The central dome radiates natural light, illuminating the prayer floor below where we gather with my guide Amir, a practicing Muslim, to talk about his beliefs. “The point of Ramadan is to feel the same feelings as poor people and to appreciate and thank God for what we have. We fast for self-control and abstain from bad behavior and desires. You have to be very spiritual during the fasting hours. Restaurants invite people to eat for free, and people waiting in the streets will throw you food and drink,” says Amir, who was fasting during our long, action-packed days, often in sweltering temperatures of 100 degrees or more. During the fast, Muslims are prohibited from eating or drinking anything, not even water. If Amir was hungry or thirsty, he never showed his discomfort, inspiring my admiration for his self-discipline and stamina.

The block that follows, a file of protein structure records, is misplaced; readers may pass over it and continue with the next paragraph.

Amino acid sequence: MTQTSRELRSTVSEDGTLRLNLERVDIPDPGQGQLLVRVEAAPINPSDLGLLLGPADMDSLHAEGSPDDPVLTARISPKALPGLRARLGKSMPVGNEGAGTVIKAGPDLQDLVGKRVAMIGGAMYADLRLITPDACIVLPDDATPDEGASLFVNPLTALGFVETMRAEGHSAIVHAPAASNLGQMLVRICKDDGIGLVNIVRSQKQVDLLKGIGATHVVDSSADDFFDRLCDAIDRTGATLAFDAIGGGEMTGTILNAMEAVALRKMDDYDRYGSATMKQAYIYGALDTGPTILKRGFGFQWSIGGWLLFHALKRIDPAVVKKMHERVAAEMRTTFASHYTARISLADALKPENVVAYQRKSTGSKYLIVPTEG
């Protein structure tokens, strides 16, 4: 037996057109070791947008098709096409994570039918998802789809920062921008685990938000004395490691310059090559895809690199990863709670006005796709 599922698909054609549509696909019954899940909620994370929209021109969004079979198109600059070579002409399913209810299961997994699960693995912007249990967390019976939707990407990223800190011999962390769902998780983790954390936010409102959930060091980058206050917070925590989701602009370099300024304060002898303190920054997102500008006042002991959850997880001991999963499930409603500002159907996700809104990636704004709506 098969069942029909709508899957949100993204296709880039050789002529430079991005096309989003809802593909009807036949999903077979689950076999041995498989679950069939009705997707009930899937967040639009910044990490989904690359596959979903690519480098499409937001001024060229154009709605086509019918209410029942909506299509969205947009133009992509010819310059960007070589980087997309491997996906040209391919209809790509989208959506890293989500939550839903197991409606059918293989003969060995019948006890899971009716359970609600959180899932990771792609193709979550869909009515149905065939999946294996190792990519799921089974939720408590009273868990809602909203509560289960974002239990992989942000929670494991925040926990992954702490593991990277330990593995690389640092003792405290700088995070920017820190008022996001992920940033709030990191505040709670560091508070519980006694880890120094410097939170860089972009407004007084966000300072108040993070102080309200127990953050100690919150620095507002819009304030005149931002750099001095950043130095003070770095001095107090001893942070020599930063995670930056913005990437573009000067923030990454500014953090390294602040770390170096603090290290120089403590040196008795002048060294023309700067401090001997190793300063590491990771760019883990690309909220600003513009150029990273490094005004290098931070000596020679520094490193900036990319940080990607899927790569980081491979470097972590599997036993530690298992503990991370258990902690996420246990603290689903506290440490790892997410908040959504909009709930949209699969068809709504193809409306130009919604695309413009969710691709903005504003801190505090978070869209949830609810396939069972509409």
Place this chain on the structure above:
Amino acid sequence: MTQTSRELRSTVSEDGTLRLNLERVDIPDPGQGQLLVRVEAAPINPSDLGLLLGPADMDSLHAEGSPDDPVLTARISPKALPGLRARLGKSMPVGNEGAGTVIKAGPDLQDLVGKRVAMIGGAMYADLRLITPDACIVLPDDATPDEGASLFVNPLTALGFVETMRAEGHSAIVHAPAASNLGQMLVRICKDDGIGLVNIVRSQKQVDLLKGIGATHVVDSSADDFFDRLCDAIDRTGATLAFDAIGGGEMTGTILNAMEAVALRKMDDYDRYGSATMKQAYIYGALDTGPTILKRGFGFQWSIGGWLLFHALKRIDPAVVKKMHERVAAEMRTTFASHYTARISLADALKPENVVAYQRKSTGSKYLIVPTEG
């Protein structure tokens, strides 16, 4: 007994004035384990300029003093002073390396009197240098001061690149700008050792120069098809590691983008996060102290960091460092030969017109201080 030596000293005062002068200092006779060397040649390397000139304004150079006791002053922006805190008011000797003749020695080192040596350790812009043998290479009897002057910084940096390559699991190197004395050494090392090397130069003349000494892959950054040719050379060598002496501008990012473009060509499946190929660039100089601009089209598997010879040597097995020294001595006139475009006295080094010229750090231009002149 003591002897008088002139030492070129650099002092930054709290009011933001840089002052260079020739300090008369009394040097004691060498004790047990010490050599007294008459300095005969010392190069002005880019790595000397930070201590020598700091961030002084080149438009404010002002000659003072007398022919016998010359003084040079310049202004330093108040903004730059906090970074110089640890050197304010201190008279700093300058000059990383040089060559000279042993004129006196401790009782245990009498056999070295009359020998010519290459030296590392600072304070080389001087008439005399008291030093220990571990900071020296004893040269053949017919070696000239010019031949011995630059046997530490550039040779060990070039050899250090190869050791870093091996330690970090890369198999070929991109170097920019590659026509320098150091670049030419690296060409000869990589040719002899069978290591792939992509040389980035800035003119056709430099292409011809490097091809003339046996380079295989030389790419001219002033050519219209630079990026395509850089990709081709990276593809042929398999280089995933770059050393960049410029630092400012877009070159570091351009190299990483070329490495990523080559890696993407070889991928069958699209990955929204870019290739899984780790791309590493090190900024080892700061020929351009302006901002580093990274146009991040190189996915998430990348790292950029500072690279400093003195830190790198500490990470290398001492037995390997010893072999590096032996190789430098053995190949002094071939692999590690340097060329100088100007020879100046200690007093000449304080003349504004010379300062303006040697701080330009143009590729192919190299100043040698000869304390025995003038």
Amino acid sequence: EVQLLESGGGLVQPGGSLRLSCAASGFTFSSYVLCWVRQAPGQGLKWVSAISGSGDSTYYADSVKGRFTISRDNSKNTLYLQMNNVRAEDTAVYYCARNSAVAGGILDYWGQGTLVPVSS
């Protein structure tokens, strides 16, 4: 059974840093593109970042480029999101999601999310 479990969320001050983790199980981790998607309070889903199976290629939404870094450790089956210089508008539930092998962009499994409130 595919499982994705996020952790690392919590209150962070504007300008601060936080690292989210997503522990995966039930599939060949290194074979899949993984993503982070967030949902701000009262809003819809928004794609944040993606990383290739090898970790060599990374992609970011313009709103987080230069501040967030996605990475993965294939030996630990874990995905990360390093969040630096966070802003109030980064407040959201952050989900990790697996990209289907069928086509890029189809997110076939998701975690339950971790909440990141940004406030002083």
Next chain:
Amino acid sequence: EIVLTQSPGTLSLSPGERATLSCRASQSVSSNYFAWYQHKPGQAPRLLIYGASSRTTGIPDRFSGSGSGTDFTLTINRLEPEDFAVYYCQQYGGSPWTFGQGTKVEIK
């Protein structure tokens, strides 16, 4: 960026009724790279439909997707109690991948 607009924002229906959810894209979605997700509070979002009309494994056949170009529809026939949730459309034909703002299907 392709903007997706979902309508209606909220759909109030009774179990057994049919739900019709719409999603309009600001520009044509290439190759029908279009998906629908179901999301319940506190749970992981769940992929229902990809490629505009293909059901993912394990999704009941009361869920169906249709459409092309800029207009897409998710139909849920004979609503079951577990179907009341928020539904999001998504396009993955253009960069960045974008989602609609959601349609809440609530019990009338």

I appreciated Amir’s candid conversation with us Western tourists about his faith. It’s moments like these, when we can better understand each other and find common ground, that remind me why I travel—when you know more, you fear less about people and places different from your world.
Later that evening, I strolled the streets to enjoy the celebratory and friendly atmosphere. I passed restaurants setting up long Ramadan tables outside, known as Maedat Al-Rahman, The Merciful Table of Food, serving free meals to the poor and passersby.
The glow of colorful, ornate lanterns known as Fanoos illuminate public spaces, stores, restaurants, and homes. Craftspeople handmake these candle-lit lanterns from copper or tin with colorful glass and geometric cutouts referencing Egyptian folklore and Islamic designs. Fanoos originated centuries ago among practicing Muslims who carried them to light the way to the mosque for prayer. Other curious spectacles that caught my eye were exaggerated Egyptian cartoon characters in the form of statues and dolls, adding a dose of humor to the Ramadan decorations.